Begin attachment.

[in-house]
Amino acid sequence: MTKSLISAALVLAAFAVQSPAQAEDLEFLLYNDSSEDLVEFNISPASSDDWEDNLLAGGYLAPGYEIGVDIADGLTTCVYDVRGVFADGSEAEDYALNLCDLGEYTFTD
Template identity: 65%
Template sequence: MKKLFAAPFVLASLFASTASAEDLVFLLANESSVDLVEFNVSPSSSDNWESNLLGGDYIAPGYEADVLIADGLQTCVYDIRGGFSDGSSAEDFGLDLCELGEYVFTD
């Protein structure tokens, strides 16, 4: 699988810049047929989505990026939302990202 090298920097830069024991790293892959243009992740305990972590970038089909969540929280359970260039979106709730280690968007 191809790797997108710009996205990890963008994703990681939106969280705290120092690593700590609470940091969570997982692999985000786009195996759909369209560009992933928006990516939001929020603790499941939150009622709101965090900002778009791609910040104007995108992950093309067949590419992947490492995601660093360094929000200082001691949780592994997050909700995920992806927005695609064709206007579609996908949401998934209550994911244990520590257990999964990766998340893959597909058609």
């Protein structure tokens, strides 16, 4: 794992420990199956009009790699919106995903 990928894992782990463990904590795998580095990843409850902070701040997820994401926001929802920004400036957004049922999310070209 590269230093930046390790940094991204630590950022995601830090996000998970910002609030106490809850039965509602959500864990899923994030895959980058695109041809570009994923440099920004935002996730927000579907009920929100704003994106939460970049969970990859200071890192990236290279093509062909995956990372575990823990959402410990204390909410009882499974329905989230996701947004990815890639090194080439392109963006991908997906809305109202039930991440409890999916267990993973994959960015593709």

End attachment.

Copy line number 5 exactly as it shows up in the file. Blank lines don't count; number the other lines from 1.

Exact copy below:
């Protein structure tokens, strides 16, 4: 699988810049047929989505990026939302990202 090298920097830069024991790293892959243009992740305990972590970038089909969540929280359970260039979106709730280690968007 191809790797997108710009996205990890963008994703990681939106969280705290120092690593700590609470940091969570997982692999985000786009195996759909369209560009992933928006990516939001929020603790499941939150009622709101965090900002778009791609910040104007995108992950093309067949590419992947490492995601660093360094929000200082001691949780592994997050909700995920992806927005695609064709206007579609996908949401998934209550994911244990520590257990999964990766998340893959597909058609």